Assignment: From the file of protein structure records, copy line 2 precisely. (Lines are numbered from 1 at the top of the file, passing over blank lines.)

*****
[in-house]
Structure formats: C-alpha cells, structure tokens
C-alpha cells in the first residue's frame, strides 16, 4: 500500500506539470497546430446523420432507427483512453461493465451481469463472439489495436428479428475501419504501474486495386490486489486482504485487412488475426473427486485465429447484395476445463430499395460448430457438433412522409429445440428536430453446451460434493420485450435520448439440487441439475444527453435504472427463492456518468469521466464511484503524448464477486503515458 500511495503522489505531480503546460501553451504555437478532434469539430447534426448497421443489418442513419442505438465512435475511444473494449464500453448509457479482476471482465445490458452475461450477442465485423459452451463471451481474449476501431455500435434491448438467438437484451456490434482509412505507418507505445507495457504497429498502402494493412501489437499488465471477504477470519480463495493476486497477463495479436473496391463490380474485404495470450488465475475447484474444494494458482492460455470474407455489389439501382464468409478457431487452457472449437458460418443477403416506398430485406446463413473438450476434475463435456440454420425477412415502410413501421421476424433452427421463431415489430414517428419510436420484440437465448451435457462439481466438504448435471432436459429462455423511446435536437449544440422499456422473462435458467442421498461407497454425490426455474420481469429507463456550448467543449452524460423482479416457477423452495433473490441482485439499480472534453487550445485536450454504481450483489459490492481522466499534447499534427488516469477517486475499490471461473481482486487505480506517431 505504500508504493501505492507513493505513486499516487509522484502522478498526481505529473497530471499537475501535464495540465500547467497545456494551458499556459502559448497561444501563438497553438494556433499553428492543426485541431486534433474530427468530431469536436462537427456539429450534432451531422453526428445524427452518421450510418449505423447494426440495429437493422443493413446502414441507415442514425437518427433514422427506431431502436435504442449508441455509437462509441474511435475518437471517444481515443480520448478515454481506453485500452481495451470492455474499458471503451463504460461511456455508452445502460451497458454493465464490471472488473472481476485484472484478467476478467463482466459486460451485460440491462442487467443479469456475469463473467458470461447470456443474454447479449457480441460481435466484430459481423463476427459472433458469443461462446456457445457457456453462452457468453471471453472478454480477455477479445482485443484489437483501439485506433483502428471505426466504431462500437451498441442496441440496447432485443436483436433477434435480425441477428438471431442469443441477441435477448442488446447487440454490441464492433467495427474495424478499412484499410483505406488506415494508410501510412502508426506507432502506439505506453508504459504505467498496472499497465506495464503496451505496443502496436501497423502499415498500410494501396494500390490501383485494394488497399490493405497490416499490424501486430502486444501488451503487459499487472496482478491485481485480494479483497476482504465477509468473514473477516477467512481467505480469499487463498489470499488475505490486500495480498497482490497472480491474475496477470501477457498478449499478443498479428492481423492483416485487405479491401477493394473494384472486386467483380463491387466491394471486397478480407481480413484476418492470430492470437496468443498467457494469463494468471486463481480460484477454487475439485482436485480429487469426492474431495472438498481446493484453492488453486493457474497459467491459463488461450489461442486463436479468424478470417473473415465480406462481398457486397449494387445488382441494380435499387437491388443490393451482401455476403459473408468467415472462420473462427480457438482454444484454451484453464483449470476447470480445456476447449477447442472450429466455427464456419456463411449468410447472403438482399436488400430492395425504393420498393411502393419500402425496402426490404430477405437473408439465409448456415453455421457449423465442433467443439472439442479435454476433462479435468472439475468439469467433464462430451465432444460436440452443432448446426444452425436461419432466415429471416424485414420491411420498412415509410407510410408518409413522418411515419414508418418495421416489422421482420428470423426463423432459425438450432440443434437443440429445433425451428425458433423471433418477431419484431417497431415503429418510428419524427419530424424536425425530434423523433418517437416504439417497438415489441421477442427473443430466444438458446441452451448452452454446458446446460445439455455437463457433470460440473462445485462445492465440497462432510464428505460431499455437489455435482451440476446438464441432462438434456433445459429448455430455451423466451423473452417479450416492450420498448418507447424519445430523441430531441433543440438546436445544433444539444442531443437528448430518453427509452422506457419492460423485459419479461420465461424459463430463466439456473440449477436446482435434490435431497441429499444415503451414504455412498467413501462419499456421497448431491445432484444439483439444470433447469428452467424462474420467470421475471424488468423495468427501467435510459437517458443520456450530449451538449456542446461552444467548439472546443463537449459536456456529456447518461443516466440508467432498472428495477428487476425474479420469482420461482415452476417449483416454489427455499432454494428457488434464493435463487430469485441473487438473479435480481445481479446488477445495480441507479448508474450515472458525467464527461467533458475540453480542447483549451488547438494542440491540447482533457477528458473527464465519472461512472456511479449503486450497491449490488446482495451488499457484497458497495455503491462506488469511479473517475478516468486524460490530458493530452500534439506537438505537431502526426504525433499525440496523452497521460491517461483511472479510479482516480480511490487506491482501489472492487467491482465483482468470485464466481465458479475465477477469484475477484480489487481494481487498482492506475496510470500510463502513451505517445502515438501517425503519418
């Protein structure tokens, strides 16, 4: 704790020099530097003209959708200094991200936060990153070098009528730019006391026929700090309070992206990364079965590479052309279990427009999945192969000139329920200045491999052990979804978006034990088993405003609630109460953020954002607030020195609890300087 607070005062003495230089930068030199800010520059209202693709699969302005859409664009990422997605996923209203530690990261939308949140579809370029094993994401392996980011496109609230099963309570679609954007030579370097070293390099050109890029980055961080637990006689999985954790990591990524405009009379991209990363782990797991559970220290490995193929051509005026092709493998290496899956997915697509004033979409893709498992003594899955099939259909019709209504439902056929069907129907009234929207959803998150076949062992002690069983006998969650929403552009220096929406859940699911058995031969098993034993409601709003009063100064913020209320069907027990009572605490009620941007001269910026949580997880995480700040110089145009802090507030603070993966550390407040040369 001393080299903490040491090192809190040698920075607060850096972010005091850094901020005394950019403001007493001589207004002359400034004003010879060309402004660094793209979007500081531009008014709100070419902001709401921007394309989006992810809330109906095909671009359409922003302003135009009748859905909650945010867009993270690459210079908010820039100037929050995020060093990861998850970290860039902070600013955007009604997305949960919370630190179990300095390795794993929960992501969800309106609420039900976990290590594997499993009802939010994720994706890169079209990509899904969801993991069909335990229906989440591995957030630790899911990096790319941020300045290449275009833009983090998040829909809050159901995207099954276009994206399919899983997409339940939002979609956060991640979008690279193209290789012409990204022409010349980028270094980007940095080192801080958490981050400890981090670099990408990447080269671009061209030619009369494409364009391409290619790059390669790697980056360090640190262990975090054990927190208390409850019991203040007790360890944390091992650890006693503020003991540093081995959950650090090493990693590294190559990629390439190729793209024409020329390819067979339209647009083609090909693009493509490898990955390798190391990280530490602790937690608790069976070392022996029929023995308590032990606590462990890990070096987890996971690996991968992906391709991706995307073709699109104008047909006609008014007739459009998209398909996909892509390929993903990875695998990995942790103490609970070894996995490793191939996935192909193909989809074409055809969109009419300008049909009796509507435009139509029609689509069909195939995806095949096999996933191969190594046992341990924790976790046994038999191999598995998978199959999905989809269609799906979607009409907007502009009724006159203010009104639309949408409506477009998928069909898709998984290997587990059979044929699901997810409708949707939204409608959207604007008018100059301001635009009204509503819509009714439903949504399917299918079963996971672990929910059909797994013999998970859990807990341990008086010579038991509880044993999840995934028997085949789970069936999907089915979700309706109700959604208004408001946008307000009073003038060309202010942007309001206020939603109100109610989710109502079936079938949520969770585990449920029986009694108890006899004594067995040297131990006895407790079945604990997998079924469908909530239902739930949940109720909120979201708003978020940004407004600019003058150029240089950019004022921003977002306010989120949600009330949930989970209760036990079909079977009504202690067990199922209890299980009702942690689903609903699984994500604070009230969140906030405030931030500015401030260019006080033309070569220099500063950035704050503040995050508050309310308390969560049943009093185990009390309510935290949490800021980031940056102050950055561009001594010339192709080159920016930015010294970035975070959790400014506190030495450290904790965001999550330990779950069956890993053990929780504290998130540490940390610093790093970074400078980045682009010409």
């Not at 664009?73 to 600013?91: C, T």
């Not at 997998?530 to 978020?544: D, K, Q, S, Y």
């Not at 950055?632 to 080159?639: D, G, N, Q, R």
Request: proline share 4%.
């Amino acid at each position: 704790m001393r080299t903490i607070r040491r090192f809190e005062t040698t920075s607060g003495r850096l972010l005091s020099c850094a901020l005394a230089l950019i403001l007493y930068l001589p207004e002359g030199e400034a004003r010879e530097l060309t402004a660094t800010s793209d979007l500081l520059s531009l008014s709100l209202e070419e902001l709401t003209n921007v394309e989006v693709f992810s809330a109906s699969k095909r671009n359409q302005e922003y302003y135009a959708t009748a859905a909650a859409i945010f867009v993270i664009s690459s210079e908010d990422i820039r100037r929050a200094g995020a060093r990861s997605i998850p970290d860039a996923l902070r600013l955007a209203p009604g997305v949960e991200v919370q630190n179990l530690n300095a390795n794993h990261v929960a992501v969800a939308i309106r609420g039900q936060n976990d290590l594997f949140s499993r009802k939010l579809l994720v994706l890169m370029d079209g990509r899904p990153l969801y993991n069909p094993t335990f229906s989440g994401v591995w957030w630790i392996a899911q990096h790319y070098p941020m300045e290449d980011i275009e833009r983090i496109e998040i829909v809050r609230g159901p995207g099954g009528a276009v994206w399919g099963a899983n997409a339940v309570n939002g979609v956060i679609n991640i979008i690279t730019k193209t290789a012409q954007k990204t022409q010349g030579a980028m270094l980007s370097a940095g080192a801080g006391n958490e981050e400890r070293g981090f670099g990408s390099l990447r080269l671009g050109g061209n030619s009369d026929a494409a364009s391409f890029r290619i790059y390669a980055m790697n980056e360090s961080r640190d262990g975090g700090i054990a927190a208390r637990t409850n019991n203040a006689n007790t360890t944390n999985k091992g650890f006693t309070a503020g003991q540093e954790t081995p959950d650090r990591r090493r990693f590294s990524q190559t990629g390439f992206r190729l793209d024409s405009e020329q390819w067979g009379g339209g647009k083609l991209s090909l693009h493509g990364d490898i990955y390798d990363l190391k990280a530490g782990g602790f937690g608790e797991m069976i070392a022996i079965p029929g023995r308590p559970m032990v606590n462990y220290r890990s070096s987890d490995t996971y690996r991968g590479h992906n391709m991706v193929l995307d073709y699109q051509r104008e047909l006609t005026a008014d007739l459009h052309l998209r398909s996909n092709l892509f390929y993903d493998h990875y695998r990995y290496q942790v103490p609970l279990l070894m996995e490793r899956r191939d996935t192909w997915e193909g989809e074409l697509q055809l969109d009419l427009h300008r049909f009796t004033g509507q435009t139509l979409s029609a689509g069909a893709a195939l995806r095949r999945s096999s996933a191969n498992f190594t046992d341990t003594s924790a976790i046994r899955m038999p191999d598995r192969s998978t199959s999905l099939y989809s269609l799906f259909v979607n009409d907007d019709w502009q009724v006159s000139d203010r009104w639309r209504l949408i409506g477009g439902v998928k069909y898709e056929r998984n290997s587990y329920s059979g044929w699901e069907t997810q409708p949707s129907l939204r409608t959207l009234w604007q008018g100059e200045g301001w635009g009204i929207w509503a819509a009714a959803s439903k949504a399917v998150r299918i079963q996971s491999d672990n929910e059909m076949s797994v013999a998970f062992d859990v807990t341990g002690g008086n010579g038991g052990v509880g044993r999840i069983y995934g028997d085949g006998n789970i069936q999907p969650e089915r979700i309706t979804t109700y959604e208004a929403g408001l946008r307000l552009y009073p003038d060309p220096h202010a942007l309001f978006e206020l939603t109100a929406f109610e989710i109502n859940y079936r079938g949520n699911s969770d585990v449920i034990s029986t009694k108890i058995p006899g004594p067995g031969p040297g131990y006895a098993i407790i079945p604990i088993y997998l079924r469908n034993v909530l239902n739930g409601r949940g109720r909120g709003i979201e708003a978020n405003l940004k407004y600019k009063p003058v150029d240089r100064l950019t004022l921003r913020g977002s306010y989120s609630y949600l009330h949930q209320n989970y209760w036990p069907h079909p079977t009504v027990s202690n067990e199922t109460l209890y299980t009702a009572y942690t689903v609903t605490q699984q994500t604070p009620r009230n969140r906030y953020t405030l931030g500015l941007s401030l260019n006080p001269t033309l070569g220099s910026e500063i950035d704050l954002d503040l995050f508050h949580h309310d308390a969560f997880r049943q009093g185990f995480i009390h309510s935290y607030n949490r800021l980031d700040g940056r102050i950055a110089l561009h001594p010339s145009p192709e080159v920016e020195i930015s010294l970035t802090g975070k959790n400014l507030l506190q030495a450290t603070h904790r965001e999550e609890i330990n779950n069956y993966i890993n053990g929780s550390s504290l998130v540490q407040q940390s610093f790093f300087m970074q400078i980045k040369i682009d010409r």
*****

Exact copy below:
Structure formats: C-alpha cells, structure tokens